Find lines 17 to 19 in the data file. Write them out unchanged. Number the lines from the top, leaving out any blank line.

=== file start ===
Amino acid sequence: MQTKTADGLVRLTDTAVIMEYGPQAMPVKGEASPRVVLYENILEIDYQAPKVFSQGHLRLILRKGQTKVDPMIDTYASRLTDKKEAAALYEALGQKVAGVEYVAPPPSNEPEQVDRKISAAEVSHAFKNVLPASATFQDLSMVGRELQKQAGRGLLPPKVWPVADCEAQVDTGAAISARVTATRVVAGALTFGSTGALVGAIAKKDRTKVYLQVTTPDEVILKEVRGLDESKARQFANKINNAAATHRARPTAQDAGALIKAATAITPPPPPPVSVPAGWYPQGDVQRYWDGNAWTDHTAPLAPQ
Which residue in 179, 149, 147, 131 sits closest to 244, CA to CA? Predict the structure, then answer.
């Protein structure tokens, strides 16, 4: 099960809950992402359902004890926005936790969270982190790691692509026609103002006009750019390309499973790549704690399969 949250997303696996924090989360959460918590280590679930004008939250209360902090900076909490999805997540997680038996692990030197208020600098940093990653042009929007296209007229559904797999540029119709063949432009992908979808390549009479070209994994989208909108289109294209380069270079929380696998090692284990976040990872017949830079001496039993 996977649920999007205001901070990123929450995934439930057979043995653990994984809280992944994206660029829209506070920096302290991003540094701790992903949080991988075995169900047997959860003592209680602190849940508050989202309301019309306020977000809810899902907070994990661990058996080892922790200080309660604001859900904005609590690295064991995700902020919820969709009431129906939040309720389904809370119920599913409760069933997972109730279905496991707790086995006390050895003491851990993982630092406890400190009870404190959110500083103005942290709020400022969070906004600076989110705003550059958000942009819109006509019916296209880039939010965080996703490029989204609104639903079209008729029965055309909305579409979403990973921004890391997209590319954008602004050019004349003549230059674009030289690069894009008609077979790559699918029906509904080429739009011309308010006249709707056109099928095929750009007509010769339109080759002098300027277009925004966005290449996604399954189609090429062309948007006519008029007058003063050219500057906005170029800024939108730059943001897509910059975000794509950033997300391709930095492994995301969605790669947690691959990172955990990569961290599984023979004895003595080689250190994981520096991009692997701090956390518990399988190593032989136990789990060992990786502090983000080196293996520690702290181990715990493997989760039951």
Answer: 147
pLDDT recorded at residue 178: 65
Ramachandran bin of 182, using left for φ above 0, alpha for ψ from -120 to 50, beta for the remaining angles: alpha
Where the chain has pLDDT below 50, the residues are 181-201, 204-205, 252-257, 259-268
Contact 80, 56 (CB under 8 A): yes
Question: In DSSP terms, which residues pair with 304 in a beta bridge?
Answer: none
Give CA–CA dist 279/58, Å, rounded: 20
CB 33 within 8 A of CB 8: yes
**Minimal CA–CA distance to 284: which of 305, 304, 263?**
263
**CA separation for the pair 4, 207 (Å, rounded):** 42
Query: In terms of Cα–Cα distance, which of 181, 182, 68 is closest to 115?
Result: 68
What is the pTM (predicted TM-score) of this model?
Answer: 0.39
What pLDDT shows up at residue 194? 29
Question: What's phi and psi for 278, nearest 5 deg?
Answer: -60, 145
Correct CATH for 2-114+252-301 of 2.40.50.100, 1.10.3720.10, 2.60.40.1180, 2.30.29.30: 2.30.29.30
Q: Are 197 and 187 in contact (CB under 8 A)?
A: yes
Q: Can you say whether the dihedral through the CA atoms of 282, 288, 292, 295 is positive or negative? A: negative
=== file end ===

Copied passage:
Result: 68
What is the pTM (predicted TM-score) of this model?
Answer: 0.39